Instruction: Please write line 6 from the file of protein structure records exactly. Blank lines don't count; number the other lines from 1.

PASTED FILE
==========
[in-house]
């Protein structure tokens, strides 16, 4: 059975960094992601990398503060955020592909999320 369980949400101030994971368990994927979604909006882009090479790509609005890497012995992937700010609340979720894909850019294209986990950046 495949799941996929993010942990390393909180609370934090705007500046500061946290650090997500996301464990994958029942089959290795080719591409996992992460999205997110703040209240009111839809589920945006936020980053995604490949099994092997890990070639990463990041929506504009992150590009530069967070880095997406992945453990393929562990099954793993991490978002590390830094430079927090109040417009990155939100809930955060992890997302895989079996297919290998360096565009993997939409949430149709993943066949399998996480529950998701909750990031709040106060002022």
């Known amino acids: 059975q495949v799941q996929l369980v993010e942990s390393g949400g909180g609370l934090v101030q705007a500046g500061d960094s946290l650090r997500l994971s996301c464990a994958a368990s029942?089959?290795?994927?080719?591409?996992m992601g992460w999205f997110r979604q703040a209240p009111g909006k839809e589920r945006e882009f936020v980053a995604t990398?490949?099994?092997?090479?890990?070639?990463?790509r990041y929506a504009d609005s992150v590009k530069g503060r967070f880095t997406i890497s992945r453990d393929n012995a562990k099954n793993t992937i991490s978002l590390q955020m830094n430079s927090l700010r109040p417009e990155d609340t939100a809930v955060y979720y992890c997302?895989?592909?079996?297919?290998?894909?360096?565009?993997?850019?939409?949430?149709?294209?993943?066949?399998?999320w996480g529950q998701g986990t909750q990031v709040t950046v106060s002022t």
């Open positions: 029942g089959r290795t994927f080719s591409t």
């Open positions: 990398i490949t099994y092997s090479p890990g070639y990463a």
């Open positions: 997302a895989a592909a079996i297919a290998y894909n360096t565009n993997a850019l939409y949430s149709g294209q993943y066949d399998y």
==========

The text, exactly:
């Open positions: 997302a895989a592909a079996i297919a290998y894909n360096t565009n993997a850019l939409y949430s149709g294209q993943y066949d399998y």